This queer feminist YA retelling of the Arthur myth is an epic space opera fantasy. Ari is the latest reincarnation of King Arthur, a fact which she finds out after crash landing on Old Earth and pulling a magic sword out of a rock. She has a wizard for a sidekick: Merlin, who has aged backwards into teenagehood (and is also gay). Their quest is big and multi-faceted: first, they need to break the curse that keeps Arthur coming back. Second, they must fight the evil Mercer corporation which controls the universe’s water supply, thus bringing about peace and equality to the galaxy and uniting humankind. No pressure! Look forward to queer relationships between women as well as men, a non-binary character, and an asexual character. FYI, this is the first book in the series and number 2, Sword in the Stars comes out April 7th.
Kim & Kim, Volume 1 by Magdalene Visaggio, Eva Cabrera, Claudia Aguirre, et al
In the first collected volume of this zany comic, readers meet Kim (Quatro) and Kim (Dantzler). Kim and Kim are BFFs who work together in the “wild world of interdimensional cowboy law enforcement.” In other words, they travel the galaxy as bounty hunters while being their badass, snarky bisexual and trans selves. Get ready for “mostly platonic” loving friendship, kicking ass, and hilarious hijinks. The memorable, colorful art brings to life the galactic punk rock world Kim and Kim inhabit and the never-ending, fast-paced action. This is the ultimate book for Cowboy Bebop fans who want queer and trans women front and center. If you like the first volume, note that volume 2, Love is a Battlefield and volume 3, Oh S#!t It’s Kim & Kim are also available now!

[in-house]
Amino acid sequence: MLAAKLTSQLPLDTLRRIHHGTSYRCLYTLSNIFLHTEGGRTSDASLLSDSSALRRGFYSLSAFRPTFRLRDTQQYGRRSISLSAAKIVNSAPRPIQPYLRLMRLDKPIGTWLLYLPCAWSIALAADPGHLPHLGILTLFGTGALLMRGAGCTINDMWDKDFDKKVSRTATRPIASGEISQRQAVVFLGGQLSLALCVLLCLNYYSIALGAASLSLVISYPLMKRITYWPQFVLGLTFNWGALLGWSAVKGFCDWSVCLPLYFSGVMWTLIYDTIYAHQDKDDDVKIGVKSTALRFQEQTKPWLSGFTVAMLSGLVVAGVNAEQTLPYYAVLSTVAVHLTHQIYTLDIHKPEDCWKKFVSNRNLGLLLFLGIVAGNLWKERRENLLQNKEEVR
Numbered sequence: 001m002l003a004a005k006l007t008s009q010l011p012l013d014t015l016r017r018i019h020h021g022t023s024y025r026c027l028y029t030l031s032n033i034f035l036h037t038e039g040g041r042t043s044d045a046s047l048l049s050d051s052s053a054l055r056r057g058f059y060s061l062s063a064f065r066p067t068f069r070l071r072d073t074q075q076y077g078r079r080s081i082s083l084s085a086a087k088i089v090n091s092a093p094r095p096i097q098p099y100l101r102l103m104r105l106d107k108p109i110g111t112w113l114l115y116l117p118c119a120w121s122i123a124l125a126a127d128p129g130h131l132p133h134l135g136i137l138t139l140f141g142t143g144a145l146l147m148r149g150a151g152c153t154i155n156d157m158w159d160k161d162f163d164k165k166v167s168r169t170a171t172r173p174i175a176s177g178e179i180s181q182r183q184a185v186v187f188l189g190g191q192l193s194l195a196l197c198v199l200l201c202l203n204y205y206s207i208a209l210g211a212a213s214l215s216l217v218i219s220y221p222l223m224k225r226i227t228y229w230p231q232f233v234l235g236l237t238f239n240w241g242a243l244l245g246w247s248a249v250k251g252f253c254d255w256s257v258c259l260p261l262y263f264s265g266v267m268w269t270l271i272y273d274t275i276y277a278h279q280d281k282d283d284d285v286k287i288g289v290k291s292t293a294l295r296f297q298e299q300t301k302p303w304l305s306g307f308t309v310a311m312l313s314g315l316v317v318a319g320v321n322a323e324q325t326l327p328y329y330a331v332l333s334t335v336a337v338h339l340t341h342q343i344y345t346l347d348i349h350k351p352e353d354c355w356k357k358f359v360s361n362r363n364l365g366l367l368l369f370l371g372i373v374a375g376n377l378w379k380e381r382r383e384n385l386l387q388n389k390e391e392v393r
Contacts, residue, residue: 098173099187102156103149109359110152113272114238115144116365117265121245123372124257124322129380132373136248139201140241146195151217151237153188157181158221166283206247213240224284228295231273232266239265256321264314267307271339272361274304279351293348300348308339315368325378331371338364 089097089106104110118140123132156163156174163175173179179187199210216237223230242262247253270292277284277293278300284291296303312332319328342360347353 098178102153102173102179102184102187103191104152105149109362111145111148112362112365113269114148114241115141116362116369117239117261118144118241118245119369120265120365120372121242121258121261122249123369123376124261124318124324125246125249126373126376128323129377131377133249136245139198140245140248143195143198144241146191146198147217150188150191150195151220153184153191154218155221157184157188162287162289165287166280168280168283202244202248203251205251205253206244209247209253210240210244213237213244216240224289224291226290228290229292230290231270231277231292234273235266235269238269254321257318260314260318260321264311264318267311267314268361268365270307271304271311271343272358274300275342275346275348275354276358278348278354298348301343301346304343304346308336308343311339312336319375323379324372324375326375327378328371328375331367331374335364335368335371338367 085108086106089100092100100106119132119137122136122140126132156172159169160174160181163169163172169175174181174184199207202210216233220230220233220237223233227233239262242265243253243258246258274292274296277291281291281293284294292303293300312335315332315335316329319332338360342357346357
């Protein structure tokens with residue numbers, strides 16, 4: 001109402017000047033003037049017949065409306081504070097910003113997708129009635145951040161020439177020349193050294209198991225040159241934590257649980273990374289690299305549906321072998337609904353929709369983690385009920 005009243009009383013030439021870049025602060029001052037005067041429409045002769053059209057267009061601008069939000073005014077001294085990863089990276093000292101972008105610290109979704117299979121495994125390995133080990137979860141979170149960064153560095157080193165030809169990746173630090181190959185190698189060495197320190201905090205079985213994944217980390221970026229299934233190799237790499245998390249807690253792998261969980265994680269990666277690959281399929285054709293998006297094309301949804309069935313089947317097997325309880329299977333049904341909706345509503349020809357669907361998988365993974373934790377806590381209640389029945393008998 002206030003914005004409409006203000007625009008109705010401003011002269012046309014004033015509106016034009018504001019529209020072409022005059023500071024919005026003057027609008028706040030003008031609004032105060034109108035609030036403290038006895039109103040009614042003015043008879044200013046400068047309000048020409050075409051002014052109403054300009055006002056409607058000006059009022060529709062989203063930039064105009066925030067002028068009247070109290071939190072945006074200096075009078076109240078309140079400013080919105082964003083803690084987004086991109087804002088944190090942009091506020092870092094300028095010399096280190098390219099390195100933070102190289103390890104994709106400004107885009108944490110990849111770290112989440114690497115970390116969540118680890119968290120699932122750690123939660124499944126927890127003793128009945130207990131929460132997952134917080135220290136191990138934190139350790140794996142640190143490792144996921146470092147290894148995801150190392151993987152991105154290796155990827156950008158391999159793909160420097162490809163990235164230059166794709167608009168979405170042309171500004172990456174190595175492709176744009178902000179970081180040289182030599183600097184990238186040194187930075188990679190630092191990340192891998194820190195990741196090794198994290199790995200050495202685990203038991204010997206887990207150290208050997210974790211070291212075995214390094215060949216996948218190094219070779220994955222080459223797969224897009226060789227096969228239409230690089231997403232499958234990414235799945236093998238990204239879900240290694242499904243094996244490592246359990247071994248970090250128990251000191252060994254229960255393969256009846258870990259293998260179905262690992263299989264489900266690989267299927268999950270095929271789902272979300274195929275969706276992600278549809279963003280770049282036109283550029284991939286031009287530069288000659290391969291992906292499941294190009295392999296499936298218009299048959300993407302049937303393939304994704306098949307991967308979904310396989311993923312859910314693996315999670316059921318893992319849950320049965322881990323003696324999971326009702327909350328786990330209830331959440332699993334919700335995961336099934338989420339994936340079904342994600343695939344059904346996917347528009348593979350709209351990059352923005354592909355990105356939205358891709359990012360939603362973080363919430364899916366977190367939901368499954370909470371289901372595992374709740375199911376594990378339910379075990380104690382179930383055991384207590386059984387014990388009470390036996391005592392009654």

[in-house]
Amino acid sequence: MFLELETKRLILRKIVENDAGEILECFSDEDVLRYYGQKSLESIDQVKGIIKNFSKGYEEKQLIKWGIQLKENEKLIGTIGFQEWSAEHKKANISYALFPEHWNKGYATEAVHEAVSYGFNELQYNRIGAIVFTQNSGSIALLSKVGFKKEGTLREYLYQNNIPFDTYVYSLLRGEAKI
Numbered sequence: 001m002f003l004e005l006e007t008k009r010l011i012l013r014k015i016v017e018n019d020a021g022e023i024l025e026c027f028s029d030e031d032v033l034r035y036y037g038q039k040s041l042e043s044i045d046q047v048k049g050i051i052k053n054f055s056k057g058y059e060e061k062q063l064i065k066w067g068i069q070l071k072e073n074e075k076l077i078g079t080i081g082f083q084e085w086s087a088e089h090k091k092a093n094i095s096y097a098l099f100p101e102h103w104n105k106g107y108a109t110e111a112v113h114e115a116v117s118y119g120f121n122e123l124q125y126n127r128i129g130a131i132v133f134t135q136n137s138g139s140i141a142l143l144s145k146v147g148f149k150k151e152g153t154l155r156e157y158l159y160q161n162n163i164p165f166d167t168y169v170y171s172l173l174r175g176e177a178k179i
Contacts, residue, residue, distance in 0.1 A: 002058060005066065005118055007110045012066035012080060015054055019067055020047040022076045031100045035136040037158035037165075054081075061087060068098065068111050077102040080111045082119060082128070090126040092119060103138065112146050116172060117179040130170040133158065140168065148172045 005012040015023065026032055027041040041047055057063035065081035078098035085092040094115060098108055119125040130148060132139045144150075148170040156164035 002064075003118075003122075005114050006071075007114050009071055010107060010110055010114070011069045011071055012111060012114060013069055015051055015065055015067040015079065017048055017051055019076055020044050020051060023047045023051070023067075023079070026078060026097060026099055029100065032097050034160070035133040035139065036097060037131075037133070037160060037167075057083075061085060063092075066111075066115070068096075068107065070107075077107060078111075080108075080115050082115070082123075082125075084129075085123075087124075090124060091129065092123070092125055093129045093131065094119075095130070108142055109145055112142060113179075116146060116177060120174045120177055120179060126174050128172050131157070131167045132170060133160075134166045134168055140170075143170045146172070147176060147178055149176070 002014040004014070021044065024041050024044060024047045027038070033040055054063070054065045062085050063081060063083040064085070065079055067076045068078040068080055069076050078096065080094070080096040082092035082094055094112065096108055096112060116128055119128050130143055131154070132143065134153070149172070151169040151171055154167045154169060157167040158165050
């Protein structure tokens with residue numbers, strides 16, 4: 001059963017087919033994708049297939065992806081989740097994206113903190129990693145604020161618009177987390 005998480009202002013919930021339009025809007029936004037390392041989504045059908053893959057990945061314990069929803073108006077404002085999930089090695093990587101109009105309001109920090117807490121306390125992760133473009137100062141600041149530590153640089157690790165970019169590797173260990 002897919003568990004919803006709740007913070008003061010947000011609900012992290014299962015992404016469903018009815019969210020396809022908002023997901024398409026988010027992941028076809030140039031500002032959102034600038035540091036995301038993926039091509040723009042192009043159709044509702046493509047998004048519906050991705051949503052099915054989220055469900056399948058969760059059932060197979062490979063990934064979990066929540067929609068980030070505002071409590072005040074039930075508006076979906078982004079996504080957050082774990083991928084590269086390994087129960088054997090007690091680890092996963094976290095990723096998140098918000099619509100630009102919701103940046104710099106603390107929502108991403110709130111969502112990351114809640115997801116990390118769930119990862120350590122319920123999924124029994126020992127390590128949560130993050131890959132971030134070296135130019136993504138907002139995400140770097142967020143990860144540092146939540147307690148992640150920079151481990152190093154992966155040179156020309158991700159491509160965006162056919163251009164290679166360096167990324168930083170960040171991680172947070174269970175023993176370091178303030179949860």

Ascension by Jacqueline Koyanagi
Alana Quick is a Black, chronically ill lesbian sky surgeon — aka, spaceship mechanic — who needs work, desperately. She’s so desperate, in fact, that she stows away on a cargo vessel, hoping that once she’s discovered she’ll be taken on. On the spaceship, The Tangled Axon, Alana falls in love: with both the ship and its captain. (My favorite part of this book is how Koyanagi describes Alana’s love for ships as if they are beautiful women). The ship and its diverse crew — which includes a pilot who fades in and out of existence and a man who is part dog — are searching the galaxy for Alana’s spiritually advanced sister Nova. As it becomes more and more clear that Nova is in serious danger, things are heating up on The Tangled Axon as Alana is introduced to polyamory.
Cosmoknights by Hannah Templer